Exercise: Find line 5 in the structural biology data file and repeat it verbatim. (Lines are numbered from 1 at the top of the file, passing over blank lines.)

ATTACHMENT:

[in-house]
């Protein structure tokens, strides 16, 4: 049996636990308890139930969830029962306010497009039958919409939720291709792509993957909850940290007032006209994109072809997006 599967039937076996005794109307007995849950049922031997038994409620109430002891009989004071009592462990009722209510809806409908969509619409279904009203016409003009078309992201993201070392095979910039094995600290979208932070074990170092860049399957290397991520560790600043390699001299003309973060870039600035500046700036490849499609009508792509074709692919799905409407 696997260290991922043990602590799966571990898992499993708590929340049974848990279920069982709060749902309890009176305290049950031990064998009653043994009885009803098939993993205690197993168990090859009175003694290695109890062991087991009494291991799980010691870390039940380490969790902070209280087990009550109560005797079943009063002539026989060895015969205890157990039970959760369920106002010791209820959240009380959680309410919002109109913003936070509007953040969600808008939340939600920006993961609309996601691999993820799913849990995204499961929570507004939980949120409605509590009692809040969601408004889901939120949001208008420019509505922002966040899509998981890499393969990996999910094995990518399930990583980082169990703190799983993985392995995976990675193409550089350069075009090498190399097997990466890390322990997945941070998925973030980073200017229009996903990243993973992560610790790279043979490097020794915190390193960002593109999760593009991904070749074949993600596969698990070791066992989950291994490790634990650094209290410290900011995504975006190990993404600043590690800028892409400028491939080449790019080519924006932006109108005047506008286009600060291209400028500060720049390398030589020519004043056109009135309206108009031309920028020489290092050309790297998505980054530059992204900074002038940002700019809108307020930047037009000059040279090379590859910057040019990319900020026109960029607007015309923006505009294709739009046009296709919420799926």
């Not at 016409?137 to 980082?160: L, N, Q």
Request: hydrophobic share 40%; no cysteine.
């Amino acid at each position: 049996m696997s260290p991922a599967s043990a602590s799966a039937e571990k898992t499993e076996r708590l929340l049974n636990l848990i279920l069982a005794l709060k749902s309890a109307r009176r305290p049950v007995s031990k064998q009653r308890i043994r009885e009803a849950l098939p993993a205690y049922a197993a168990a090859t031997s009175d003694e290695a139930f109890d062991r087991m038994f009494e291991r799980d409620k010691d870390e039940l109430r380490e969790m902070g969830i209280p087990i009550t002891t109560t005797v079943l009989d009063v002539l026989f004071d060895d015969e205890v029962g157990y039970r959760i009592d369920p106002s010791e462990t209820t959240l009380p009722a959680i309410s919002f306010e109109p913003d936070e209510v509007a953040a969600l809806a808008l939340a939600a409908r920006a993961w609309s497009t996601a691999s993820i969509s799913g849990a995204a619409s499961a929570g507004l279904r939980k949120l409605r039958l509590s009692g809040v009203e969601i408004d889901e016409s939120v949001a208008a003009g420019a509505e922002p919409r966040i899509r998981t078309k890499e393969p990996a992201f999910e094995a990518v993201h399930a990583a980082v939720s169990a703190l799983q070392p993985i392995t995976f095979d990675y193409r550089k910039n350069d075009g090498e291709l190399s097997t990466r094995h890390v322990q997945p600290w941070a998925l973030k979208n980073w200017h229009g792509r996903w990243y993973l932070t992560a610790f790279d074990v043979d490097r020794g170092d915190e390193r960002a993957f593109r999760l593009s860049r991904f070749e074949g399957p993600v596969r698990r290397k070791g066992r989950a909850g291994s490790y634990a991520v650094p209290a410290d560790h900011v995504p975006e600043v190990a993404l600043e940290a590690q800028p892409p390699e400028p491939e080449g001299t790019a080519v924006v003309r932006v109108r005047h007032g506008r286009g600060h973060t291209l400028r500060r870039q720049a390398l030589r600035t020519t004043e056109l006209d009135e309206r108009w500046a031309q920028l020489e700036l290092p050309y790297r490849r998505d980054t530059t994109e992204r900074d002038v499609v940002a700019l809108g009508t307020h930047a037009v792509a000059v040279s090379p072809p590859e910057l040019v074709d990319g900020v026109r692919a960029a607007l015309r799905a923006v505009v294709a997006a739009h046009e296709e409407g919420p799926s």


């Amino acid at each position: 049996m696997s260290p991922a599967s043990a602590s799966a039937e571990k898992t499993e076996r708590l929340l049974n636990l848990i279920l069982a005794l709060k749902s309890a109307r009176r305290p049950v007995s031990k064998q009653r308890i043994r009885e009803a849950l098939p993993a205690y049922a197993a168990a090859t031997s009175d003694e290695a139930f109890d062991r087991m038994f009494e291991r799980d409620k010691d870390e039940l109430r380490e969790m902070g969830i209280p087990i009550t002891t109560t005797v079943l009989d009063v002539l026989f004071d060895d015969e205890v029962g157990y039970r959760i009592d369920p106002s010791e462990t209820t959240l009380p009722a959680i309410s919002f306010e109109p913003d936070e209510v509007a953040a969600l809806a808008l939340a939600a409908r920006a993961w609309s497009t996601a691999s993820i969509s799913g849990a995204a619409s499961a929570g507004l279904r939980k949120l409605r039958l509590s009692g809040v009203e969601i408004d889901e016409s939120v949001a208008a003009g420019a509505e922002p919409r966040i899509r998981t078309k890499e393969p990996a992201f999910e094995a990518v993201h399930a990583a980082v939720s169990a703190l799983q070392p993985i392995t995976f095979d990675y193409r550089k910039n350069d075009g090498e291709l190399s097997t990466r094995h890390v322990q997945p600290w941070a998925l973030k979208n980073w200017h229009g792509r996903w990243y993973l932070t992560a610790f790279d074990v043979d490097r020794g170092d915190e390193r960002a993957f593109r999760l593009s860049r991904f070749e074949g399957p993600v596969r698990r290397k070791g066992r989950a909850g291994s490790y634990a991520v650094p209290a410290d560790h900011v995504p975006e600043v190990a993404l600043e940290a590690q800028p892409p390699e400028p491939e080449g001299t790019a080519v924006v003309r932006v109108r005047h007032g506008r286009g600060h973060t291209l400028r500060r870039q720049a390398l030589r600035t020519t004043e056109l006209d009135e309206r108009w500046a031309q920028l020489e700036l290092p050309y790297r490849r998505d980054t530059t994109e992204r900074d002038v499609v940002a700019l809108g009508t307020h930047a037009v792509a000059v040279s090379p072809p590859e910057l040019v074709d990319g900020v026109r692919a960029a607007l015309r799905a923006v505009v294709a997006a739009h046009e296709e409407g919420p799926s």